Looking For A New Gasket Fabricator? Here Are 6 Questions To Ask.

Most of you probably have a handful of preferred fabricators that you use to cut your gaskets. What happens if you need to look for another fabricator for any reason? Do you know what questions should be asked to ensure you are finding the best fit for you?

If your fabricator and gasket material supplier aren’t one in the same, the gasket material supplier that you work with should be able to suggest fabricators that may meet your needs (we work with a lot of them). As a material supplier, we can point you in the right direction depending on what is important to you…geography, capabilities, etc.

However, if you want to do some of your own homework, we thought we’d put together a short list of some of the questions that should be asked when you’re looking for a new fabricator. We’ve seen and heard it all – and are here to give you the rundown.

 

What You Should Know

As you’re vetting new suppliers, in addition to all of the typical “new supplier” questions you will ask, you will want to at least consider asking some of these questions (if you didn’t plan to already).

1. What are your preferred cutting methods? – Asking this is a good way to gauge what type(s) of fabricating methods they use. Maybe you know the material you use only works best when it is cut with a laser…and maybe in their response they mention they avoid using their laser as much as possible….but maybe if you flat out asked if they do laser cutting they would have said ‘yes’. However, if it isn’t a strong suit of theirs you may not be happy with the results.

2. What types of materials have you worked with in the past? – This is going to give you a feel for the variety of materials that they are familiar with. The reason this is important is two-fold: 1) your material is either going to be one they physically work with a lot or it isn’t (which may give you pause) and 2) how much materials experience they have is either going to help you or hinder you in the future when you are working with new applications or have issues with your current material.

3. How large is your material suppliers network? – If the potential fabricator doesn’t make their own material and doesn’t have a large knowledge base in regards to #2, that might be ok. If they have a good network of material suppliers to lean on, you can be rest assured that the resources are out there. If you are needing to explore new materials for any reason, find out who these suppliers are and get in contact with them.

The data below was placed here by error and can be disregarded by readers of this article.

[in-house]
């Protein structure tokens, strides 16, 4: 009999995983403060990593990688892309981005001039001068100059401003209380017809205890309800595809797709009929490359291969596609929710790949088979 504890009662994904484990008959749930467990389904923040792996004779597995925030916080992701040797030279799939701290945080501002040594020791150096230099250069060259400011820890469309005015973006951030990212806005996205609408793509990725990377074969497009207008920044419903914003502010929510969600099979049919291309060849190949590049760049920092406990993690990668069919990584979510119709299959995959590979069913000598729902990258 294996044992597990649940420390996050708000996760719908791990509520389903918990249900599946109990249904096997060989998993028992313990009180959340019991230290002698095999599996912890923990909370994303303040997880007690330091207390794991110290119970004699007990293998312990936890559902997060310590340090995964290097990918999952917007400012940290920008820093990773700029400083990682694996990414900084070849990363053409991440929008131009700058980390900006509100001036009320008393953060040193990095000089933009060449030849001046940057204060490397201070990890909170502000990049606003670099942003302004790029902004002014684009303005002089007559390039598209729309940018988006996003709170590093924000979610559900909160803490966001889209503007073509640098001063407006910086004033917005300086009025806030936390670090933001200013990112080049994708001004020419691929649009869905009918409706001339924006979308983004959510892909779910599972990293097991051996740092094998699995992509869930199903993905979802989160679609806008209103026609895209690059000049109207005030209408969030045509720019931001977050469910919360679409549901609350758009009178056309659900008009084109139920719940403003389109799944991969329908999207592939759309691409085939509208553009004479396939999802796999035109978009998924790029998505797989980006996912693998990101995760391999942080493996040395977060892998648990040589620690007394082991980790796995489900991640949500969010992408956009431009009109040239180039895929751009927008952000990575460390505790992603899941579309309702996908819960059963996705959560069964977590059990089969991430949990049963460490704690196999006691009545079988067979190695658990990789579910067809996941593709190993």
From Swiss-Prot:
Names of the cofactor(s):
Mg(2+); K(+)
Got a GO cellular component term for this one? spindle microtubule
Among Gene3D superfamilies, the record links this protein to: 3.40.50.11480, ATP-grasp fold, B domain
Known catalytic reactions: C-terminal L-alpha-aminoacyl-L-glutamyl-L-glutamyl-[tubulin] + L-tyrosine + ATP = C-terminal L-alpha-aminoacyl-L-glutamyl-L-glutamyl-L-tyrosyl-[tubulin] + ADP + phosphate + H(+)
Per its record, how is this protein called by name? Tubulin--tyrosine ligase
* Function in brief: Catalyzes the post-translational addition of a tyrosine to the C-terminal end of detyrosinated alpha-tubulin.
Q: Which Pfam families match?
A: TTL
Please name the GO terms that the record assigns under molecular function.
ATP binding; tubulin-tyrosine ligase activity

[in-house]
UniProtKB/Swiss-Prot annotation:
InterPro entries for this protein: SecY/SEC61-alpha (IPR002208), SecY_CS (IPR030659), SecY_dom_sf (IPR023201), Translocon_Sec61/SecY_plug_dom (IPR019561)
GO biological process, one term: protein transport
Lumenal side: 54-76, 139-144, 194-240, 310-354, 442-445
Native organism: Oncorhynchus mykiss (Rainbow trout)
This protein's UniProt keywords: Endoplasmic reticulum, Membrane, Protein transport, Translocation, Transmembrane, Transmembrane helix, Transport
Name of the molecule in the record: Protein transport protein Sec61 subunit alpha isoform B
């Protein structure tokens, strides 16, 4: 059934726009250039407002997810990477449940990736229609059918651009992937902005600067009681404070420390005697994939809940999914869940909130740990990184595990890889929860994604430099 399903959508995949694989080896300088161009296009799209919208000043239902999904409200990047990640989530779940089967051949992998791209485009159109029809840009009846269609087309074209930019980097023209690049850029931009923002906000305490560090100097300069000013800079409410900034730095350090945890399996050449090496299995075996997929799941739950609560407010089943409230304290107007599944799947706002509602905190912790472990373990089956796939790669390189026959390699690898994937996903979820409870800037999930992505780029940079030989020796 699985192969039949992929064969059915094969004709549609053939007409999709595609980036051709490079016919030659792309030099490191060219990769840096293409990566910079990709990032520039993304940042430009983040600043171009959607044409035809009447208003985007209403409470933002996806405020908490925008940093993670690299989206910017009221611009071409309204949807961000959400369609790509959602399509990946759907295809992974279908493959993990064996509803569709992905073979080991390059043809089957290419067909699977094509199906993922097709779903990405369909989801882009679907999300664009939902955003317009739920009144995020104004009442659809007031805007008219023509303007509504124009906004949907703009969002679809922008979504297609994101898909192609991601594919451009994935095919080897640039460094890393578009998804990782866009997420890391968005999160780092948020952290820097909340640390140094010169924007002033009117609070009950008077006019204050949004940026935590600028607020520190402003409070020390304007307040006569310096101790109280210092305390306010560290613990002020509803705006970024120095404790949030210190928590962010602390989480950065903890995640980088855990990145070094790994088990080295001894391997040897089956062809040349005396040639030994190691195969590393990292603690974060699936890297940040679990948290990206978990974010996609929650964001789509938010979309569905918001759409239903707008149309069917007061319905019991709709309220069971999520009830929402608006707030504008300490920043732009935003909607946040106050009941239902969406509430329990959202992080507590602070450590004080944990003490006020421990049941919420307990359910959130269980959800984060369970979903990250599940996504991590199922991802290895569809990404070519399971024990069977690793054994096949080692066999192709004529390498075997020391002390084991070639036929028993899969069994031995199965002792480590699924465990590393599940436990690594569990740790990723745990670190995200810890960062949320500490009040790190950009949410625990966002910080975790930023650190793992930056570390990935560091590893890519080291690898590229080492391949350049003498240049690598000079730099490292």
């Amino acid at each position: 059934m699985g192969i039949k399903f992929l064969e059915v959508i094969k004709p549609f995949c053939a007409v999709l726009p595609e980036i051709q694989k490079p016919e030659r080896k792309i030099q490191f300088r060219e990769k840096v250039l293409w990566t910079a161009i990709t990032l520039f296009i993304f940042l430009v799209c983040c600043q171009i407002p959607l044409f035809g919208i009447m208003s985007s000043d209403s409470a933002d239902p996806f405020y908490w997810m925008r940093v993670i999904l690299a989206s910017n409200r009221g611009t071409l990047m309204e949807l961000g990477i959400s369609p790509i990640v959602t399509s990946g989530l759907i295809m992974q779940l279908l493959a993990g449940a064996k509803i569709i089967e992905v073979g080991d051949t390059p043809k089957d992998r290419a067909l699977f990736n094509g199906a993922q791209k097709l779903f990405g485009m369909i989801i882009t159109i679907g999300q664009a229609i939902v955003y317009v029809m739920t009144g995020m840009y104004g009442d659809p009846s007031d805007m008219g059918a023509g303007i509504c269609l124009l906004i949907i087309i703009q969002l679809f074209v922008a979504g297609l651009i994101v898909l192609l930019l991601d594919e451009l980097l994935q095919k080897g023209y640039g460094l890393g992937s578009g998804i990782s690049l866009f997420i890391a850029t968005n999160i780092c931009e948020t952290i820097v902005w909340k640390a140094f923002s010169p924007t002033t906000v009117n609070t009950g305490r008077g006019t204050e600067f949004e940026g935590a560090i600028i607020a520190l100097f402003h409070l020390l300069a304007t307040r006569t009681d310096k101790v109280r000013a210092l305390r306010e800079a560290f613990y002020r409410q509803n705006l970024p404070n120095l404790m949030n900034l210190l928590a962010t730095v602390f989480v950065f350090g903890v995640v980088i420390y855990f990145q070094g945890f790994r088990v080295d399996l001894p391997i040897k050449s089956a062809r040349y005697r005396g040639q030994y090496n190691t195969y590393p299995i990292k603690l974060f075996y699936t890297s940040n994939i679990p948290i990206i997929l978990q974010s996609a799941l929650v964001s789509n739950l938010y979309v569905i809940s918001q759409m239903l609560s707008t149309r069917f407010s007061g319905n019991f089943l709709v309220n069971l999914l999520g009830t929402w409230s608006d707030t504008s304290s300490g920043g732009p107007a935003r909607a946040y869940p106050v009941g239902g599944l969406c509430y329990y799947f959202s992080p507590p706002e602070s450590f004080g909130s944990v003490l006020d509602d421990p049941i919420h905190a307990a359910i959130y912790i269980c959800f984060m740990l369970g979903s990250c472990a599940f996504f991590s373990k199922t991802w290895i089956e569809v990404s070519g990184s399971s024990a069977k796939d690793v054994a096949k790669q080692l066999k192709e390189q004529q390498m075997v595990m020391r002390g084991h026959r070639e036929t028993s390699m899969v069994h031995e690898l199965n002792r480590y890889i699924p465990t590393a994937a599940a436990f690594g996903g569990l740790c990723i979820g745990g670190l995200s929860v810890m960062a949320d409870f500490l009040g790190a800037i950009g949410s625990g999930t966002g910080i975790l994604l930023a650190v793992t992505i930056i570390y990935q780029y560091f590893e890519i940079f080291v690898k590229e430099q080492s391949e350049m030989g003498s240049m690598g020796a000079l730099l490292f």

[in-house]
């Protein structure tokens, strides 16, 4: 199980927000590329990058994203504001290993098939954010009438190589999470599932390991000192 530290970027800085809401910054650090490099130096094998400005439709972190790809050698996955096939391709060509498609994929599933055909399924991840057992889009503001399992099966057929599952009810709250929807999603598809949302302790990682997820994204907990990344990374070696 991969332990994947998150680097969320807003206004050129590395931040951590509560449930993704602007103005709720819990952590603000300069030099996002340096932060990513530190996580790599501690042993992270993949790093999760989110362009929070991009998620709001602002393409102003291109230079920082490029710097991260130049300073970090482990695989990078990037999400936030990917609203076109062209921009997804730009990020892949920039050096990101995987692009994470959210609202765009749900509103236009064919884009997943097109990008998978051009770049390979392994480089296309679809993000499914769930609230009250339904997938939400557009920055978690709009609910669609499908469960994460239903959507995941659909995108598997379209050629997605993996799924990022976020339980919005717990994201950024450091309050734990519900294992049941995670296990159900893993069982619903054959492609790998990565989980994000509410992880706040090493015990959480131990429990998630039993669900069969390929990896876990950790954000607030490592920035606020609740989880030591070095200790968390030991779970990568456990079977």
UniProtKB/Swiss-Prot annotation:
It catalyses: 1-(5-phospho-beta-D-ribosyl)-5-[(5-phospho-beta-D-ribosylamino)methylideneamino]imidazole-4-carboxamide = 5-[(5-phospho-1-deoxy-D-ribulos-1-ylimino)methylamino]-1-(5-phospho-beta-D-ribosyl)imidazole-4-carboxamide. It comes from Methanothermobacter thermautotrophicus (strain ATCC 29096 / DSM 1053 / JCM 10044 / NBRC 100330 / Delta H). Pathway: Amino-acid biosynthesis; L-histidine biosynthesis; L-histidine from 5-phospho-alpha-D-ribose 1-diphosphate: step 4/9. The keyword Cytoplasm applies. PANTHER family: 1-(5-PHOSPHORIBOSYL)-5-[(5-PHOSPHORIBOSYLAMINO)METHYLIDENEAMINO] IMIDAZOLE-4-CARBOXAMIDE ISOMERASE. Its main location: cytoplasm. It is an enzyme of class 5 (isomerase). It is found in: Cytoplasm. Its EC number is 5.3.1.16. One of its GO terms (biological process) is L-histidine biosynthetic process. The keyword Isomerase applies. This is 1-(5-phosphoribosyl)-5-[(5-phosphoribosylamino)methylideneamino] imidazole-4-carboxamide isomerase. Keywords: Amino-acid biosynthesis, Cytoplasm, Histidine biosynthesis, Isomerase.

4. If I need technical support for a material, who can help me? – This is a question that should be very important to you, and is an extension of #3. If the fabricator is not the materials manufacturer, you need to know who is the person that you need to be calling. If it isn’t clear who is going to be able to answer your technical questions or help you troubleshoot, maybe you should keep looking.

5. Is my material a stocked item for you? – This isn’t necessarily a deal breaker if it isn’t, but you want to get a feel for how easily you’ll be able to get your hands on more material. If it isn’t stocked, you’ll definitely want to know how long the lead time is for the fabricator to get more (whether they manufacture it or buy it from a materials supplier). This may affect your buying habits.

6. Do you work with other OEMs that are in the same industry as me? – This also isn’t the end of the world if the answer is no, but getting a feel for how familiar they are with your industry may be a good thing. Whether it is volatility and change, or requirements and expectations, knowing up front if a fabricator is prepared for all of the curve balls you might throw at them may aid you in making your decision.

 

Making Your Decision

There are a lot of other things to consider when deciding on a new fabricator, but you’ll definitely want to consider asking some of these questions as well. We work directly with a lot of OEM engineering teams and since we don’t cut gaskets, we know the importance of selecting a fabricator that can do the job right AND still having the ability to talk to someone about specific materials.

What other questions would you ask?

Request a Call